Admittedly, this claim is a bit odd to start with. It's credited merely to "a source," per this quote:
"We got the permission to pentest Cryptostorms VPN servers we haven’t yet but we heard from a source that Cryptostorm uses Opendns for their servers..."
To be clear, it's not necessary to "pentest" our network to confirm what DNS resolvers we push during network sessions. Nor does doing so require a token; simply doing test connects to any node, or cluster, with random login info will get the pushed data before the session aborts due to an auth failure. Perhaps some folks don't know this is easy to do and publicly available to anyone, but simply asking us about it would have resulted in us sharing this method for verifying the production pushed config parameters from any openvpn-based service. Here's what the relevant lines in a verbosity 7 client-side logfile will look like:
We publish our server-side resolver settings in our server configuration thread, here in the forum. Here's a snapshot of what those lines in our conf's look like:
As far as I'm aware, all current production nodes in our network are using these same resolvers currently, which are:
push "dhcp-option DNS 184.108.40.206"
push "dhcp-option DNS 220.127.116.11"
# Telecomix is.gd/jj4IER
push "dhcp-option DNS 18.104.22.168"
# CCC http://is.gd/eC4apk
That said, as our network has grown, I know our network admin team has had to prune resolvers from time to time as one we used previously went offline or otherwise had troubles. So if anyone spots a variance in the resolvers being pushed, it'd be helpful to post to this thread so we can make sure we're synched across the network. Also, I do recall a staff discussion about optimising resolvers for lower-hop closeness to specific exitnode clusters, so for example our cluster in Montreal might first look to a resolver that's closer geographically than one further away. I don't actually know if this was implemented yet, and I suspect even if it was it was only partial. That's because...
We're in final testing of our in-house resolver configuration, something we've been discussing and debating and researching for - no exaggeration - several years. In the end, when we saw the DNSchain tool mature enough to be considered production-ready, we decided as a team to move towards in-house resolvers based around this namecoin-blockchain driven DNS solution. It's demonstrably a step forward in terms of resilience against censorship, MiTM attacks, and all manner of DNS badness at the upstream resolver level.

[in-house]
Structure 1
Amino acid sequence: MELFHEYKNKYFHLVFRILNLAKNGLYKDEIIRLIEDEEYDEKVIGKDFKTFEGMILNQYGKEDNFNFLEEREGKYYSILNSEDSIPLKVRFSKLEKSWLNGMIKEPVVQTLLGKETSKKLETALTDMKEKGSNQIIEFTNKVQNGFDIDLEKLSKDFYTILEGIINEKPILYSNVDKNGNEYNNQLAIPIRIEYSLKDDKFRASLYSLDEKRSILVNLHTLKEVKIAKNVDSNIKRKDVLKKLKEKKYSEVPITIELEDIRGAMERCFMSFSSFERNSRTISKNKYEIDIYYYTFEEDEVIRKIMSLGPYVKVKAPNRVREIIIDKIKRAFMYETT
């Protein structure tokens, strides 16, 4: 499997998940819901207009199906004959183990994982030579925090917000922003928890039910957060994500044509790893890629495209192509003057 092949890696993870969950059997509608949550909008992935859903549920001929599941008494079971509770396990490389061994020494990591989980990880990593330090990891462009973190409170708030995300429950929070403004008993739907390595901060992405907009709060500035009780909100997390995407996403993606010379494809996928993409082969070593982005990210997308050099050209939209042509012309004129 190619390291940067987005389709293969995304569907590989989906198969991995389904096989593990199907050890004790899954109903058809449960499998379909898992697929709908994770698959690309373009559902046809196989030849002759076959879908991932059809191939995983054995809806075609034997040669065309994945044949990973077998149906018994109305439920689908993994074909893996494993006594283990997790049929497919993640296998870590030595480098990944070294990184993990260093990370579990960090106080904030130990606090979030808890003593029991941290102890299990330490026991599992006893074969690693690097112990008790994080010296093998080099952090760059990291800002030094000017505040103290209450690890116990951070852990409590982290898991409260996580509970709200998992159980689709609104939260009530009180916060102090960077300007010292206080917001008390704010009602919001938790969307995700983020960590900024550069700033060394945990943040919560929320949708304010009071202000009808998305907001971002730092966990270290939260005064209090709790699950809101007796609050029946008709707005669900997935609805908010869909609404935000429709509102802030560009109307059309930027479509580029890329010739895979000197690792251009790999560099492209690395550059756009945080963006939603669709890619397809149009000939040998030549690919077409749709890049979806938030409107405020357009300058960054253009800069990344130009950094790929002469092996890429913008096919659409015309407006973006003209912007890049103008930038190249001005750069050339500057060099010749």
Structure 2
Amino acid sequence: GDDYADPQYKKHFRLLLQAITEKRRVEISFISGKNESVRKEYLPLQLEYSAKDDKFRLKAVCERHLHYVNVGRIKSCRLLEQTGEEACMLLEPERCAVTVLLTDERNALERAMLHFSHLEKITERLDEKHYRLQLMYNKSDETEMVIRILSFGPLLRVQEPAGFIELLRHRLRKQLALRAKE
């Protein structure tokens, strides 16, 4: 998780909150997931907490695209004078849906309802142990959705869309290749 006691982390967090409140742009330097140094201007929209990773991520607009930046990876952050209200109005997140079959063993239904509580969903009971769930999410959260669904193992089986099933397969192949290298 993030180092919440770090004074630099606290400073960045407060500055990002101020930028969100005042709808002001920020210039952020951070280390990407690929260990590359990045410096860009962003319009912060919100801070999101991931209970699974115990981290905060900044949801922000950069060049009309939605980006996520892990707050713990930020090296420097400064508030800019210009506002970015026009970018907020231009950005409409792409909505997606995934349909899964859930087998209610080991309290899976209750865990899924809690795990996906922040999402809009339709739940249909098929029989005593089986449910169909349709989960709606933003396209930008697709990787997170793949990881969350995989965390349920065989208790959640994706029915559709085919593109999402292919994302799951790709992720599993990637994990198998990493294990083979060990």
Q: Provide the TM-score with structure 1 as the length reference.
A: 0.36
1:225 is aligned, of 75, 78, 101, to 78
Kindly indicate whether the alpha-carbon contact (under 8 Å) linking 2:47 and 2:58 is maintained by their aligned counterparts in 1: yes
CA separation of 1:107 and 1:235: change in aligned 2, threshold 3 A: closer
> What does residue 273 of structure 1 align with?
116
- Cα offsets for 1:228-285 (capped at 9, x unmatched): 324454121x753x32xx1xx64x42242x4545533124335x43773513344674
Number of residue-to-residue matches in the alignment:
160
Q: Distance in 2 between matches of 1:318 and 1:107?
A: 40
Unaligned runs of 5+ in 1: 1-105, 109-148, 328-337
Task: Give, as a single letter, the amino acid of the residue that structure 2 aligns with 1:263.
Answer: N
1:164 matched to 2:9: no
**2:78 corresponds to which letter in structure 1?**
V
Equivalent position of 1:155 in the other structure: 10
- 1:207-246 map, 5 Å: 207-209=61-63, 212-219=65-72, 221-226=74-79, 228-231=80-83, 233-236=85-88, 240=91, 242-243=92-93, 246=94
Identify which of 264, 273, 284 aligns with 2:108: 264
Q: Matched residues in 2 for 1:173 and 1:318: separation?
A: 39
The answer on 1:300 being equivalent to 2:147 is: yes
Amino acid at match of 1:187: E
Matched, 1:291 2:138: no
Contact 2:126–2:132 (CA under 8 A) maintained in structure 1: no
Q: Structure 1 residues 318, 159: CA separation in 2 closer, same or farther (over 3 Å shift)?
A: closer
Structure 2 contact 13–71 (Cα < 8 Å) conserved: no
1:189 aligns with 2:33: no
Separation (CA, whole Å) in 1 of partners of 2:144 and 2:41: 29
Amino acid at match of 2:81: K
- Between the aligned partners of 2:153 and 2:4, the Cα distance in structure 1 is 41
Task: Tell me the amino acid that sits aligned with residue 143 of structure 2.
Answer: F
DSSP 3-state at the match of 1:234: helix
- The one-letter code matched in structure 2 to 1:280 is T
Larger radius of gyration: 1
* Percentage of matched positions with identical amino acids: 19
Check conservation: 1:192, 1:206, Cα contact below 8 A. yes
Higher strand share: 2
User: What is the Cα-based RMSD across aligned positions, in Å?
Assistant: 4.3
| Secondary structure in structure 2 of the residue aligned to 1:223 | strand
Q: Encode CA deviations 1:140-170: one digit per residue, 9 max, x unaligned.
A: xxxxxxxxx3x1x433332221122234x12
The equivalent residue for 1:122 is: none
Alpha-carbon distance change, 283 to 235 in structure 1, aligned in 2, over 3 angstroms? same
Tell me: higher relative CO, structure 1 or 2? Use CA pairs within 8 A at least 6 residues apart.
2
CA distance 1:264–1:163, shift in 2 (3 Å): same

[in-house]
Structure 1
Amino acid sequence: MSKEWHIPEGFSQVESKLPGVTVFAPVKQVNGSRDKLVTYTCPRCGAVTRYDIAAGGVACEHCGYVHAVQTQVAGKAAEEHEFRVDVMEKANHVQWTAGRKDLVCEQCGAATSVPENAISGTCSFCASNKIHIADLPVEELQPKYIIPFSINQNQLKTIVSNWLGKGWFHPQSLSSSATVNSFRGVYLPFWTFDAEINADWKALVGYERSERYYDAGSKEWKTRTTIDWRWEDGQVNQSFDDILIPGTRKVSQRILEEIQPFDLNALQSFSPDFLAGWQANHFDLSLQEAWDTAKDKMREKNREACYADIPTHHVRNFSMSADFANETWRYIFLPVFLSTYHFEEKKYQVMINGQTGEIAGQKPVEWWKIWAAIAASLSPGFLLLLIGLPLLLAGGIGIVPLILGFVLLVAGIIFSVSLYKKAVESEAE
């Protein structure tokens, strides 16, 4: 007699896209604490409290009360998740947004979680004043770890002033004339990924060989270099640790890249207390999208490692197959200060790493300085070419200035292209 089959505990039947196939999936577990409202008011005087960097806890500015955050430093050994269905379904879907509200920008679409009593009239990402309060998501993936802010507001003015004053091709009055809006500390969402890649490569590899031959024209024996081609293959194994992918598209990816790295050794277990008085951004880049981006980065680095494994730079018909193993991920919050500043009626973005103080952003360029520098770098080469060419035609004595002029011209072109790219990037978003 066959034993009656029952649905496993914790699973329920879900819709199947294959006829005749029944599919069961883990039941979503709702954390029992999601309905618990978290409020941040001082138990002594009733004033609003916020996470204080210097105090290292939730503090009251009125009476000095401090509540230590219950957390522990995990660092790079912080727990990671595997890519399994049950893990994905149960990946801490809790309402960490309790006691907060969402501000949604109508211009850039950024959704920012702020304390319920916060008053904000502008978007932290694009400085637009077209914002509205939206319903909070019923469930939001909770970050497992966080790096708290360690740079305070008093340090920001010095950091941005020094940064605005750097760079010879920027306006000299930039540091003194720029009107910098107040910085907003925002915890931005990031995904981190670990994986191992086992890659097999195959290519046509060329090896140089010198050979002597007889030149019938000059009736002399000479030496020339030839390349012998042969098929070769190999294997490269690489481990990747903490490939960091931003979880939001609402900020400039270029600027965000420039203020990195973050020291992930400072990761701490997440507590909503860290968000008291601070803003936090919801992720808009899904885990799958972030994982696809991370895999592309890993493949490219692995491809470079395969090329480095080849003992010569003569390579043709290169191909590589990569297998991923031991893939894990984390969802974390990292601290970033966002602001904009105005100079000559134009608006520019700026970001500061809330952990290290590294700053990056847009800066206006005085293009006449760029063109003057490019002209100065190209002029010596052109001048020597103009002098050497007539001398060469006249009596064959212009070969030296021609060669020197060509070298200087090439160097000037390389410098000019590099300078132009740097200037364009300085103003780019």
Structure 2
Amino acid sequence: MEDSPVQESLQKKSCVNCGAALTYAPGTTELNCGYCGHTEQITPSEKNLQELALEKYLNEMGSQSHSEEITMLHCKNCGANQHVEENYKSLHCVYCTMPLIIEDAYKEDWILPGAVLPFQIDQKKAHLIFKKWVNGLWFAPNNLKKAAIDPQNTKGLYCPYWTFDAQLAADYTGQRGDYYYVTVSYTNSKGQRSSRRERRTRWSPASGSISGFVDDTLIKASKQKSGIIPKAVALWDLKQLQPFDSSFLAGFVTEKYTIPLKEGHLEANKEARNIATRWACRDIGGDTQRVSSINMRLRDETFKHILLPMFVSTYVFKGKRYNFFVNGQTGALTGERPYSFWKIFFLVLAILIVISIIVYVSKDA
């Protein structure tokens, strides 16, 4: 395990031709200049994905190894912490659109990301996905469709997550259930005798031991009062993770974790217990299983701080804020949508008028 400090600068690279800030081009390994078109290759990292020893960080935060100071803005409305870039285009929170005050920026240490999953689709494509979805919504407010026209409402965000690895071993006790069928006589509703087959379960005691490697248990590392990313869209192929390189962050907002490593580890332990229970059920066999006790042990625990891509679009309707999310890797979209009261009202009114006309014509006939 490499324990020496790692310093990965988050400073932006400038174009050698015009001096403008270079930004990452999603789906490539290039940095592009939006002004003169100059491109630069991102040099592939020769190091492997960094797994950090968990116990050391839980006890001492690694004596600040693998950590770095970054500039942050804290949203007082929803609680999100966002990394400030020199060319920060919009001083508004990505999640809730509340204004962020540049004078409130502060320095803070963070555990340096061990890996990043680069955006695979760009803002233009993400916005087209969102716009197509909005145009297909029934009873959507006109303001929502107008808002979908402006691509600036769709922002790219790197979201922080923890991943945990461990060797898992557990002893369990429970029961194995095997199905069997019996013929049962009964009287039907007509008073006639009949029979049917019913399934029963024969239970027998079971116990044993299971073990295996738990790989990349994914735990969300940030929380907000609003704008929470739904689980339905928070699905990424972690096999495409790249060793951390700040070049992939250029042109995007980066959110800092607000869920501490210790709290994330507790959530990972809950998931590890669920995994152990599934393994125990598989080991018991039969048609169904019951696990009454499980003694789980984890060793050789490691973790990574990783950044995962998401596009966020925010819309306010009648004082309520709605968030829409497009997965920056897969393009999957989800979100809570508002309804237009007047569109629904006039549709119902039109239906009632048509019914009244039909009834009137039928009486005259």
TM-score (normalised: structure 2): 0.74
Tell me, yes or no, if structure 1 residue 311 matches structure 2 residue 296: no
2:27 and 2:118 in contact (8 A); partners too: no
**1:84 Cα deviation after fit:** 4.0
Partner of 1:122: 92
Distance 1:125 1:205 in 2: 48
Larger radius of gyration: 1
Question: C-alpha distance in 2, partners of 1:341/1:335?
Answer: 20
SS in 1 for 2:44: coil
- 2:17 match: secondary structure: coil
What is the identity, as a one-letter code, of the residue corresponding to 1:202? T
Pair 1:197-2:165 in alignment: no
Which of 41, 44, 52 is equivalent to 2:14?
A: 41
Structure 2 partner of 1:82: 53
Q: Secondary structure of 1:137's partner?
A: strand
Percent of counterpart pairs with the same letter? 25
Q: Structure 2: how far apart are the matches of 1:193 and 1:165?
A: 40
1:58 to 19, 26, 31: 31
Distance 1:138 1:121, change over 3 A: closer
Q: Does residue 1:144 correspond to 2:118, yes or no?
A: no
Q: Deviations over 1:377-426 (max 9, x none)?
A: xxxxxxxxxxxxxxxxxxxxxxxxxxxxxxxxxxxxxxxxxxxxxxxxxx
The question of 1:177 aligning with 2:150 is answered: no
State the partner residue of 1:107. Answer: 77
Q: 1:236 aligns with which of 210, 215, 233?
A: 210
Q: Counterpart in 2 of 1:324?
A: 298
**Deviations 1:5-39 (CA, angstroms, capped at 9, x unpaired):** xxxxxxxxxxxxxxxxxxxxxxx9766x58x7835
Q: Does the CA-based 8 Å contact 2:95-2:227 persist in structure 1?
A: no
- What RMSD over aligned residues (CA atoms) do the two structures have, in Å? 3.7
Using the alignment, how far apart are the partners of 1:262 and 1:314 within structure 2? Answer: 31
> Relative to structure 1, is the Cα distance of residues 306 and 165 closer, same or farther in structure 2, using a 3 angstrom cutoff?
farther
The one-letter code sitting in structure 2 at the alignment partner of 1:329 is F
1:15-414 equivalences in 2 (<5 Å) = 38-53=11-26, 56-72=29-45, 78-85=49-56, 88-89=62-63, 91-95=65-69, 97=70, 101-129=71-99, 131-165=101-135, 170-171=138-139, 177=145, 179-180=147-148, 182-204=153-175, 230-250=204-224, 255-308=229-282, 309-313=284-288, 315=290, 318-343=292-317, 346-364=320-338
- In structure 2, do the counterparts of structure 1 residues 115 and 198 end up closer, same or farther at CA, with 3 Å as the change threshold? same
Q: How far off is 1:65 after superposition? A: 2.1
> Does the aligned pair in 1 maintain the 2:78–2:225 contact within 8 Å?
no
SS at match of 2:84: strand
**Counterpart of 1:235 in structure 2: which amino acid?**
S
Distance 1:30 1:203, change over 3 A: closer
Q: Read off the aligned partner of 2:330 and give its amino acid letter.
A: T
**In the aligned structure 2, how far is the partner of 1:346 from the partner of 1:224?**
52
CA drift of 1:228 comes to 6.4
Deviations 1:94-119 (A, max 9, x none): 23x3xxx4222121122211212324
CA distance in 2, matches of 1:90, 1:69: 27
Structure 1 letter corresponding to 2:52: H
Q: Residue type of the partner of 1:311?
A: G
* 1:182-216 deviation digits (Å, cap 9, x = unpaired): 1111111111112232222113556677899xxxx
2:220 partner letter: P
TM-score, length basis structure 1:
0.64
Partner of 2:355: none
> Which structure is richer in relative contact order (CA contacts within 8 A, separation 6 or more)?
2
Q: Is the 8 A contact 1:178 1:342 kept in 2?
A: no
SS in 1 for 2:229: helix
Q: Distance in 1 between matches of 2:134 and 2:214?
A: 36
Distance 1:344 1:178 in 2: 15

Finally, as to OpenDNS, I personally have a great deal of respect for their team and the technical expertise they bring to bear. They have shared a number of nice, opensource, DNS tools with the community free of charge - DNScrypt being one prominent example. Further, they're always available to answer questions and share advice with the community, and that's enormously helpful for such a complex topic. Because, yes, DNS is complex; take a read of our DNS weirdness thread for a short intro.
So demonising OpenDNS for "logging" DNS queries is, to me, dumb. It reflects a tragically naive understanding of what DNS resolvers do in the context of a secure network like cryptostorm's. We do use, often in fact, OpenDNS's basic resolver settings (like many network geeks, I can declaim them from memory and have been able to do so for more than a decade: 22.214.171.124 | 126.96.36.199) for in-house testing, when we don't want to have any concerns that DNS resolution is a snag during tuning of other parameters. Further we do use them for some in-house services such as our own mailservers and admin boxes, as they are quick and reliable and low-drama. Needless to say, such uses - testing, & in-house/admin - are not production network matters, and reflect both our respect for OpenDNS and our acknowledgement that they run reliable, well-managed resolvers for the most part.
That has nothing to do with member connects, obviously. Indeed, absent inexplicable weirdness in production (which, to be fair, does happen wrt DNS, sometimes!), DNS lookups on-network with cryptostorm carry only the physical IP address of the node through which a member is connected. Thus, any "logs" OpenDNS keeps would show... cryptostorm. That's hardly an OpSec issue, is it?
We're not angry about errors like this, when folks are reviewing our network. Errors happen, it's cool. Some of this stuff can be a little complex, and while for those of us who work with this tech day in and day out it may be fairly obvious how things work, for outside folks this can be a mystifying world. I do hope those involved in making this inaccurate observation will take the chance to learn a bit about what we do in our network, share their findings with us so we can discuss, and - in the case we're in error in anything we're doing or saying - continue to publicly defend the positions they take.
For those curious, here's the text of some recent tweets on this topic, for reference:
- ~ pj